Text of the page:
- Even if you are climbing in the dead of summer, hypothermia can rear its ugly head. Hypothermia is a lowering of the body's core temperature, which results from exposure to cold temperatures, or cool, wet weather. It can be egg-frying hot at the base of the climb, and cold and windy a few pitches up. Unless you are just climbing a single pitch and lowering off - be prepared. Even a light windbreaker tied around your waist can be a big help when temperatures drop.
- Consider the duration of your planned activity, and the time it might take to return to your car. If it is a multi-pitch climb, can you retreat from every pitch? Evaluate your ability (as well as the ability of the rest of your group), and your knowledge of the terrain. Then, go over your equipment checklist to ensure that you are well outfitted. If it is a climb that requires natural pro (i.e. no bolts or fixed anchors), you may need to leave gear for rappel anchors. If the descent is a walk-off, what is the danger of slipping on wet rock? Last but not least, consider your "risk tolerance." If a storm does pin you down, how long could you survive?
- Practice "Go" or "No Go" forecasting. Constantly evaluate your activity. Are you planning a close-to-the-road climb, or a major backcountry expedition? Is there a "point of no return" where it becomes impossible to rappel off the route? A chance of rain shouldn't be much of a detriment if you are sport climbing at Smith Rock, but could prove to be life-threatening if you are attempting the Diamond on Colorado's Longs Peak.
- Timing is everything with forecasting. Don't let your goals cloud your thinking, or change your forecast. If there is uncertainty in the forecast, then there should be uncertainty in your plans. Forecasting is an ongoing process. Constantly re-evaluate whether or not you should proceed. Imagine the worst weather scenario for the day. Consider the consequences of being caught out in the weather. Once you are out in the backcountry, you must keep watching the weather, all the time weighing your options to turn back, continue on, or stall, and wait to see if the weather gets better or worse.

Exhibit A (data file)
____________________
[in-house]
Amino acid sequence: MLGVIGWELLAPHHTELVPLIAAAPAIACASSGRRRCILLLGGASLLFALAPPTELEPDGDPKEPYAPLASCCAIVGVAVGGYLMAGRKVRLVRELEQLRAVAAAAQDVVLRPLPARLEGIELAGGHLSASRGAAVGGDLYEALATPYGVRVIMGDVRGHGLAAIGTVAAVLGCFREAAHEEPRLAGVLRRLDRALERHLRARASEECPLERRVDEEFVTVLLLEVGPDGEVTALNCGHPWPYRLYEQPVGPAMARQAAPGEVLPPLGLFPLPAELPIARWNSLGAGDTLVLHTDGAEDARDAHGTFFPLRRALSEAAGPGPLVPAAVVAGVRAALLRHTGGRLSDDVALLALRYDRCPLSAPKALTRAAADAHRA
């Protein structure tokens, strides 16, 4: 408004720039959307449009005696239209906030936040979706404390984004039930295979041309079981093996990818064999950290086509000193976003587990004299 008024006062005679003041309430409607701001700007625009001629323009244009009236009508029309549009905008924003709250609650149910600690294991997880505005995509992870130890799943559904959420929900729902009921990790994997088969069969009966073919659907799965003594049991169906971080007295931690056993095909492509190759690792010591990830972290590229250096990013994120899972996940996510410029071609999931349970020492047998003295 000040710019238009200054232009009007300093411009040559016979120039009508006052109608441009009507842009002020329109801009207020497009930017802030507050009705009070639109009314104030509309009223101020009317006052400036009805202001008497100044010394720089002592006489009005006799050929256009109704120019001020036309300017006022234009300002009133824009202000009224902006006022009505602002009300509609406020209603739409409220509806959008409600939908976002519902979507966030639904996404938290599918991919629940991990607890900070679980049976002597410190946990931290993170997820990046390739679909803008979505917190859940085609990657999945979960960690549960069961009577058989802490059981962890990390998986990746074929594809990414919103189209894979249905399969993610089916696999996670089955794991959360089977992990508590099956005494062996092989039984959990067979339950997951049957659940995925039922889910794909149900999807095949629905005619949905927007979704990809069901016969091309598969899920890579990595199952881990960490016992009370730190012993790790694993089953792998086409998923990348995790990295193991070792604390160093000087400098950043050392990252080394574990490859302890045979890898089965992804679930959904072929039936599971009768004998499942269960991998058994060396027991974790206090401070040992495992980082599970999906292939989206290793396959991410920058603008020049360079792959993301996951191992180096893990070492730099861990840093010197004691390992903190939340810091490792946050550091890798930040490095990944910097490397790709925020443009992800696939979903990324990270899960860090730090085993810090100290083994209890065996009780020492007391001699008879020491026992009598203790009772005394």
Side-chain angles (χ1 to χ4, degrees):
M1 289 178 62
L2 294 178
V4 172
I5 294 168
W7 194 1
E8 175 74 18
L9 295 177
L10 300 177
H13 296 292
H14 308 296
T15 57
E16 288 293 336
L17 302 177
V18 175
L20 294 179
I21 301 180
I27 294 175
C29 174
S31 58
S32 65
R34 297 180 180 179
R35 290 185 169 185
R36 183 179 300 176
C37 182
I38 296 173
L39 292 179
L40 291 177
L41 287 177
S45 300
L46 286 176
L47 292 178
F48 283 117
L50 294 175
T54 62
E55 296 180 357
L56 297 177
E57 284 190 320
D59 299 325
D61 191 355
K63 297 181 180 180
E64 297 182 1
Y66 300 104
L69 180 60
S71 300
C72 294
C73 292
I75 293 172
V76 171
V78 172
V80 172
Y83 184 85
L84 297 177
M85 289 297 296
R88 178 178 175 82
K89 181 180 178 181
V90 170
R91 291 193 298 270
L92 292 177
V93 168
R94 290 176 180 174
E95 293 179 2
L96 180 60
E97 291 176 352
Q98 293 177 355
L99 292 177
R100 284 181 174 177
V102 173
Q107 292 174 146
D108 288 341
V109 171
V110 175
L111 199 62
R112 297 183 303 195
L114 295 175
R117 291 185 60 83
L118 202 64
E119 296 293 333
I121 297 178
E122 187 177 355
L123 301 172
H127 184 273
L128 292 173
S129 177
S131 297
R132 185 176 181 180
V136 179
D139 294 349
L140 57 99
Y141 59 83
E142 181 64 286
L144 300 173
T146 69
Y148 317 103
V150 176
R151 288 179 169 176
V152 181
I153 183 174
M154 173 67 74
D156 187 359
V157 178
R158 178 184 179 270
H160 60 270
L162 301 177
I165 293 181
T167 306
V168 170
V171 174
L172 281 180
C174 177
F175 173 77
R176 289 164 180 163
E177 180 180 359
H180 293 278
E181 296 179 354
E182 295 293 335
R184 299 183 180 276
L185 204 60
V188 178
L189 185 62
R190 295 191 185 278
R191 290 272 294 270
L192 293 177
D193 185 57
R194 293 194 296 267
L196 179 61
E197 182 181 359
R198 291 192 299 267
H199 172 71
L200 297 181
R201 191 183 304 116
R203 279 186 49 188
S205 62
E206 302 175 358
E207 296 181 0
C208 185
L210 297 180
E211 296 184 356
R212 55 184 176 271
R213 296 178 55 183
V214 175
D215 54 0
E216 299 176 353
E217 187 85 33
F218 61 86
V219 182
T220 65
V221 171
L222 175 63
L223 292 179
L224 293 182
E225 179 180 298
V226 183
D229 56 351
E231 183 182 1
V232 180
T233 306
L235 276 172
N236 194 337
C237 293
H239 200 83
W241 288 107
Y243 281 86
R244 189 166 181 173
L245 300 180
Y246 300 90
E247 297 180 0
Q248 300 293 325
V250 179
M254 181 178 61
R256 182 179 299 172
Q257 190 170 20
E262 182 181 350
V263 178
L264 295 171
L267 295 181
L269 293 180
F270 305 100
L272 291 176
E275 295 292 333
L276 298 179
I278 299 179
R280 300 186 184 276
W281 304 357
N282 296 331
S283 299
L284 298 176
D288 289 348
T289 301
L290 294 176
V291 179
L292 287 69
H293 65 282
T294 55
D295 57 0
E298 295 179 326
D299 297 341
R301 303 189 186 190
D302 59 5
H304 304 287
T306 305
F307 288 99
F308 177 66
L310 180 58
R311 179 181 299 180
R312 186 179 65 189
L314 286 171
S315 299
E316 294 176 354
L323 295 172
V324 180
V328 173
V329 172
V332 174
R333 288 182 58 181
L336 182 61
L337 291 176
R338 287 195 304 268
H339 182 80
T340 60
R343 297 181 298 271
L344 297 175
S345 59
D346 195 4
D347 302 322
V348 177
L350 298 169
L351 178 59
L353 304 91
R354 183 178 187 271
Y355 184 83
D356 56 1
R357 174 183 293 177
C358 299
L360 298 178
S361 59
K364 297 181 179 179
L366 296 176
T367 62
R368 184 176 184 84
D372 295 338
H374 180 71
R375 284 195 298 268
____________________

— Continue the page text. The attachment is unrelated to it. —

- And if you are caught in a thunderstorm, get to low ground as soon as possible. The safest place during a lightning storm is indoors, or in a car. Your second best bet is low ground in an open valley (not under the only tree in the meadow!). Basically you want to avoid being a lightning rod - you don't want to be the tallest point in the vicinity.
Two good sources for learning about how to make your own forecasts are Jim Woodmency's book, Reading Weather - Where Will You Be When the Storm Hits?
from Falcon Press. This pocket guide is designed to provide backcountry travelers with the tools to make your own forecasts, even if you are miles from home, deciding whether to go for another pitch, or to make a break for your car. Another good do-it-your-self guide to forecasting is Jeff Renner's Mountain Weather Field Guide
(The Mountaineers, 1999) - a laminated chart that gives you tips on everything from thunderstorm safety rules to reading clues from clouds.